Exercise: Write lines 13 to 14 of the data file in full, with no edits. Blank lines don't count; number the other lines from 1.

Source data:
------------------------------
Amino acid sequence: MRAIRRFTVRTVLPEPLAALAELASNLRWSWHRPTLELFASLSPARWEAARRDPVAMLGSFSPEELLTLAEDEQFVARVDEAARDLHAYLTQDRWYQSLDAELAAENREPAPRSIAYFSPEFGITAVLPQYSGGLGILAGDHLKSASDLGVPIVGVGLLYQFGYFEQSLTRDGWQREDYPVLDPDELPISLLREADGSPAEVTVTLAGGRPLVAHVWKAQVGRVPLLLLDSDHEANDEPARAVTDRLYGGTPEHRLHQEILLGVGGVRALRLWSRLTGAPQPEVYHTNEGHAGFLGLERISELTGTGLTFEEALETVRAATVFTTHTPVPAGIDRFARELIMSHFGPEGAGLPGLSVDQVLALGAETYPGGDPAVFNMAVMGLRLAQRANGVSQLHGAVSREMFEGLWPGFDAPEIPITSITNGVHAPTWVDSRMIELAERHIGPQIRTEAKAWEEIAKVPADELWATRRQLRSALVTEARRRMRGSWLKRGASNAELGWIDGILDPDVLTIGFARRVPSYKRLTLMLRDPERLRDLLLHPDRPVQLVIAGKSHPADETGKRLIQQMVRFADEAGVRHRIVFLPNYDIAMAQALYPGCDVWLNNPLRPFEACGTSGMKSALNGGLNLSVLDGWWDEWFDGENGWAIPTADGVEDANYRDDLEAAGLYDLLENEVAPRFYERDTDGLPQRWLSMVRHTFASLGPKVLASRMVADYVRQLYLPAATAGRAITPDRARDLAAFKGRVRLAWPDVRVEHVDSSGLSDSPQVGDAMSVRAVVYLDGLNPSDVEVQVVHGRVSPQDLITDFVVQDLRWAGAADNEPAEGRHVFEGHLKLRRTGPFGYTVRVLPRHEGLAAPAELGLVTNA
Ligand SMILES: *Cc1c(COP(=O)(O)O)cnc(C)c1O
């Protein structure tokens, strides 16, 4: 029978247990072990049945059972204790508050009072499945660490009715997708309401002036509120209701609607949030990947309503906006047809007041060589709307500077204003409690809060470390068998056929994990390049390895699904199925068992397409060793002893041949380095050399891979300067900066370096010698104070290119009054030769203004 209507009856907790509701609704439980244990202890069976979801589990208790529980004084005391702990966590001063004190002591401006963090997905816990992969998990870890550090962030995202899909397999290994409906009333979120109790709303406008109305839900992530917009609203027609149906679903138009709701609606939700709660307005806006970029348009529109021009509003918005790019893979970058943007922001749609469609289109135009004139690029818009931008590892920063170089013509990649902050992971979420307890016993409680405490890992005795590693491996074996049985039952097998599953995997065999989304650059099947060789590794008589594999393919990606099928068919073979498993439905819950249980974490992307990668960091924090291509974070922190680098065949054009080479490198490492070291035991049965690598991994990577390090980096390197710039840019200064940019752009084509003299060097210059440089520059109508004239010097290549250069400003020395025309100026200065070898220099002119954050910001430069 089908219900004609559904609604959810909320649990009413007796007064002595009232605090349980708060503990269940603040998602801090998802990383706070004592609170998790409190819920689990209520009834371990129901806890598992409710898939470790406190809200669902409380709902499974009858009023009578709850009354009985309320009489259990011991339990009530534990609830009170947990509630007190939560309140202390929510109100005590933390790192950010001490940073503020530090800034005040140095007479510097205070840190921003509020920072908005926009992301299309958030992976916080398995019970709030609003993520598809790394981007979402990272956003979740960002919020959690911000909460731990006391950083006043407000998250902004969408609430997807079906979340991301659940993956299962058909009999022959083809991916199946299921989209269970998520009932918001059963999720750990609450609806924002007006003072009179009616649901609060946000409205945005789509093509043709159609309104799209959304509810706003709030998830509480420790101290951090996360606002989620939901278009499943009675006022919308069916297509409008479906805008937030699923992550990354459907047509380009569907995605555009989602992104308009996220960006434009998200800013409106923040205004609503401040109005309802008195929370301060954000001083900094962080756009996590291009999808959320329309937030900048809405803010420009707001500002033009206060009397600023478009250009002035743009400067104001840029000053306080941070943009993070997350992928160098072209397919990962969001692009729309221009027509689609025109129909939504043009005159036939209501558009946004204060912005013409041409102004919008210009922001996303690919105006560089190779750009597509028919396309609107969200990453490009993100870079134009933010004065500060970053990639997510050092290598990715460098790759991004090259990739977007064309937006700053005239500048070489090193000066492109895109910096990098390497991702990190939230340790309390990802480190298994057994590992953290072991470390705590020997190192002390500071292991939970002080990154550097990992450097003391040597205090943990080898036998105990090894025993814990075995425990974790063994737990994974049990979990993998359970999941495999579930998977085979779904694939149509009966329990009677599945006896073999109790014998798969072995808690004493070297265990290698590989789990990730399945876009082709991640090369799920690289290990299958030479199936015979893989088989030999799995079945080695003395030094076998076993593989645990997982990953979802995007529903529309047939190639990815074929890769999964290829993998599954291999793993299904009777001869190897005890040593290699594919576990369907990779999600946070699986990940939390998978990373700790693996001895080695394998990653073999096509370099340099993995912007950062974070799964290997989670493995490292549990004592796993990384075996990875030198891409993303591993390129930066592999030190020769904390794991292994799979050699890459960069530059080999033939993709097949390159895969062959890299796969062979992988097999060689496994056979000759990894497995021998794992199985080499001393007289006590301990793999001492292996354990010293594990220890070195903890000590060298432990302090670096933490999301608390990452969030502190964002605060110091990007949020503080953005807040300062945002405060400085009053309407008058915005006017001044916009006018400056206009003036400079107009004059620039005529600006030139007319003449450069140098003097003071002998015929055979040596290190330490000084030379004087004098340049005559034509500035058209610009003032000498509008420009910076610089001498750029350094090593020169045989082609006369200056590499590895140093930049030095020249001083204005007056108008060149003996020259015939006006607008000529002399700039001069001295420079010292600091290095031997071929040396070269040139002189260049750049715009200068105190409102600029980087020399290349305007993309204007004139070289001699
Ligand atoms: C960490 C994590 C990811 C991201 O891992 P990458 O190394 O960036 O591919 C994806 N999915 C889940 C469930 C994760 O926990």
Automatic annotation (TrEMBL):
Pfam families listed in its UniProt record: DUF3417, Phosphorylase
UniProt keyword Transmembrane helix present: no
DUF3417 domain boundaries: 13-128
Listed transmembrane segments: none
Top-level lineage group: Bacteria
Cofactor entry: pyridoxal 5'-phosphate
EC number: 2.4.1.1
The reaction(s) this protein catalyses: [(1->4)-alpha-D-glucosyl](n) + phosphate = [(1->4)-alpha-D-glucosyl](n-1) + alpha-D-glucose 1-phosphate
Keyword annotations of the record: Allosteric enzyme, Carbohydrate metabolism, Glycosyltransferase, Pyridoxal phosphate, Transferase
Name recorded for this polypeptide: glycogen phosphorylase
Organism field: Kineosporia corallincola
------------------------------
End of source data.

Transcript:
The reaction(s) this protein catalyses: [(1->4)-alpha-D-glucosyl](n) + phosphate = [(1->4)-alpha-D-glucosyl](n-1) + alpha-D-glucose 1-phosphate
Keyword annotations of the record: Allosteric enzyme, Carbohydrate metabolism, Glycosyltransferase, Pyridoxal phosphate, Transferase